New type of cell that clears waste from the brain discovered

zebrafish-discovery.jpg

SCIENTISTS have found a previously unknown type of cell that clears waste away from the brain. They suggest that their findings will increase our understanding of the brain’s biology and of diseases such as dementia and stroke.
Researchers have found a new type of cell that removes waste from around the brain. The researchers – from the University of Queensland (UQ) in Australia – report the discovery of the new type of lymphatic cell in the journal Nature Neuroscience.
They found the cell in freshwater zebrafish, which provide a useful model for studying human biology because many of their cells and organs are similar to ours.
Another advantage of using zebrafish is that they are transparent, and the researchers were able to use advanced light microscopes to see what was happening in their brains.
Senior author Ben Hogan, an associate professor in the Institute for Molecular Bioscience at UQ, says, “It is rare to discover a cell type in the brain that we didn’t know about previously, and particularly a cell type that we didn’t expect to be there.”
The lymphatic system has three main functions: it is part of the immune system; it returns fluid from tissues to the blood; and it absorbs fat-soluble nutrients and fats from the digestive tract and carries them to the bloodstream.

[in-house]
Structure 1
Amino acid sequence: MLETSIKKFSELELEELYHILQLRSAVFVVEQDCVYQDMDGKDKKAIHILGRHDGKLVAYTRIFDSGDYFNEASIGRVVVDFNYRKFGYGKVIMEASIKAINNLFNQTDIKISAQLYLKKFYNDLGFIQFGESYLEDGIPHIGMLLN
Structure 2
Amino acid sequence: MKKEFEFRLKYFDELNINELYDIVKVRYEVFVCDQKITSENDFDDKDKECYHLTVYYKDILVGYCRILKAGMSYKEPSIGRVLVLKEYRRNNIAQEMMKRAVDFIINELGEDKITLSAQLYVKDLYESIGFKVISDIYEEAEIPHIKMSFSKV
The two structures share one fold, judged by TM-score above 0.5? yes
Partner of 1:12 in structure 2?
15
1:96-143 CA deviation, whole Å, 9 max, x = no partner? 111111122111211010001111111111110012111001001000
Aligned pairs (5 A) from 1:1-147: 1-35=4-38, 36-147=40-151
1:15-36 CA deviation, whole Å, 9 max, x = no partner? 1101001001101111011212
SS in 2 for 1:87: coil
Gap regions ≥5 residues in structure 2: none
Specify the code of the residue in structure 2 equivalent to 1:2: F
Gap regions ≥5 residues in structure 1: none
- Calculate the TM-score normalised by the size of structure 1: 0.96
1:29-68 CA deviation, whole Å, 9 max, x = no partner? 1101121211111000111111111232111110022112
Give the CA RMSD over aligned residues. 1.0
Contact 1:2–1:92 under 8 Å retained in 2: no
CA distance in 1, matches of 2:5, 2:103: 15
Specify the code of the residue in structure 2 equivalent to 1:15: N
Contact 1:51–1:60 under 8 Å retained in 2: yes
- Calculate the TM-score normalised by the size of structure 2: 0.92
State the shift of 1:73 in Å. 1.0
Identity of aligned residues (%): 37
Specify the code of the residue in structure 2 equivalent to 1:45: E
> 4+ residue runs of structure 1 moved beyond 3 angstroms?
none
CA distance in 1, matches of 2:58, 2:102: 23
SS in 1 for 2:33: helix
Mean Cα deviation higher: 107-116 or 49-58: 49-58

The lymphatic system comprises: a fluid called lymph that is similar to blood plasma; vessels that carry lymph; and organs – such as the lymph nodes, tonsils, thymus, and spleen.
The lymphatic system produces white blood cells in response to infection.
It helps to keep blood volume and blood pressure normal and prevents edema. It is similar to the cardiovascular system in that it carries fluid through a network of vessels that permeates nearly every type of tissue in the body.
However, whereas the cardiovascular system has a pump – that is, the heart – to move blood through the vessels, the lymphatic system relies on contraction of smooth muscle in its vessel walls, together with movement of skeletal muscle and breathing to push the lymph along.
For a long time, it was thought that the brain did not have any lymphatic vessels, but a recent landmark discovery showed that it does and that the reason it took so long to find them is because they are “very well hidden.”
Now, in the new study, the UQ researchers make another surprising discovery in finding that the brain may also contain isolated lymphatic cells that help to clean up waste that leaks from the bloodstream.

Share this post

PinIt
    scroll to top